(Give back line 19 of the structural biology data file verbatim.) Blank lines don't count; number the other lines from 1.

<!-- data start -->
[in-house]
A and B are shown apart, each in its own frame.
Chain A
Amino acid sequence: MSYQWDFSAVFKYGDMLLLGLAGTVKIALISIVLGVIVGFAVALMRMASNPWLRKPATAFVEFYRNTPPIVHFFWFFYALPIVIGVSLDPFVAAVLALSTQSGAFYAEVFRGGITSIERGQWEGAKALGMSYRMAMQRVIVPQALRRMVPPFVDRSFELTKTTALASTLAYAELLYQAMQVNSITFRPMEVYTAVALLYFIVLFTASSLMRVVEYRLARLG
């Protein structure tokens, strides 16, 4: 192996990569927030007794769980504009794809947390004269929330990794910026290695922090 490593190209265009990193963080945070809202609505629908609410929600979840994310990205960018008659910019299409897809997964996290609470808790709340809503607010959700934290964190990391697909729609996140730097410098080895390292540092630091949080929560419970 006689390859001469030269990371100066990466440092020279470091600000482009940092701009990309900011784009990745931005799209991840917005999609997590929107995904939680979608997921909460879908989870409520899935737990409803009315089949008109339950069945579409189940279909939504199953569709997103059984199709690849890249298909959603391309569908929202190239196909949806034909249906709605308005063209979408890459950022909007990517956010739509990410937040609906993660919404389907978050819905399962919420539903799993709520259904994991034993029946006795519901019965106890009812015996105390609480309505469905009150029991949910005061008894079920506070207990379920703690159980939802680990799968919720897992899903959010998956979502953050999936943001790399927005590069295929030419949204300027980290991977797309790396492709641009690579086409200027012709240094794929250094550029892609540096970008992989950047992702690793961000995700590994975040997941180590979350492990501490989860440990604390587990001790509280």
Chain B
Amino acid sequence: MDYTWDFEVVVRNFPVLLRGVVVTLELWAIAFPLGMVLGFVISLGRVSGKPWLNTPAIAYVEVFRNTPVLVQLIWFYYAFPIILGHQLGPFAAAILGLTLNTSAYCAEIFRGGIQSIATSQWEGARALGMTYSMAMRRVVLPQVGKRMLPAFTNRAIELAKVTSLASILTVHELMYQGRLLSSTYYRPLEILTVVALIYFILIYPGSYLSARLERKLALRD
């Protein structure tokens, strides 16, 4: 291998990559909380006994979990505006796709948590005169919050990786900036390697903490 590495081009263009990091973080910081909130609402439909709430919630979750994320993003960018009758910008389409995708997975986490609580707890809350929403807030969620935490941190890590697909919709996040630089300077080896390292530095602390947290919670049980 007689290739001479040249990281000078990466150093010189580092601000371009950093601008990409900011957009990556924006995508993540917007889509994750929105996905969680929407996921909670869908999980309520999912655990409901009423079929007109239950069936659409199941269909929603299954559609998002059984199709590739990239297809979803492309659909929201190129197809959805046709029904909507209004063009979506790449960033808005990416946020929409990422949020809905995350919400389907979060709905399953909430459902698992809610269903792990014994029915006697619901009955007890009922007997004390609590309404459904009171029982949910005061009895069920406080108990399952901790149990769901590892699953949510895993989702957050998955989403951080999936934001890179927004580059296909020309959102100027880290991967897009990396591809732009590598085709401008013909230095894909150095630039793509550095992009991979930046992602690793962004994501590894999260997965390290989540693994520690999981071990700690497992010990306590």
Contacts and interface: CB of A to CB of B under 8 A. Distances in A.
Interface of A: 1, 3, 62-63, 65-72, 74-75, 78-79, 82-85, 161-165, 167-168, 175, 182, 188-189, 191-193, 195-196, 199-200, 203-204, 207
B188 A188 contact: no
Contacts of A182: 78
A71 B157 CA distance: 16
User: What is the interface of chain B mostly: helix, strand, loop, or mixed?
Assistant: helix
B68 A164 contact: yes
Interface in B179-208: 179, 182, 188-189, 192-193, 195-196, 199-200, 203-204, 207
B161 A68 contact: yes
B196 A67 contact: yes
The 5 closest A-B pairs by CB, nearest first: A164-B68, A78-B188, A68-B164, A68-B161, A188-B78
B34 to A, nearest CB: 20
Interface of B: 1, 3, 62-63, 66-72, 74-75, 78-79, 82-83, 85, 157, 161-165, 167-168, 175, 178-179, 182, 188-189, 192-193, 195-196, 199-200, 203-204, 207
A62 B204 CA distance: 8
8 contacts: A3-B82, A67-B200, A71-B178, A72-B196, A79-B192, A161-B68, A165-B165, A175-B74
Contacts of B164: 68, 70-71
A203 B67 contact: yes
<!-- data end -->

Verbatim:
B196 A67 contact: yes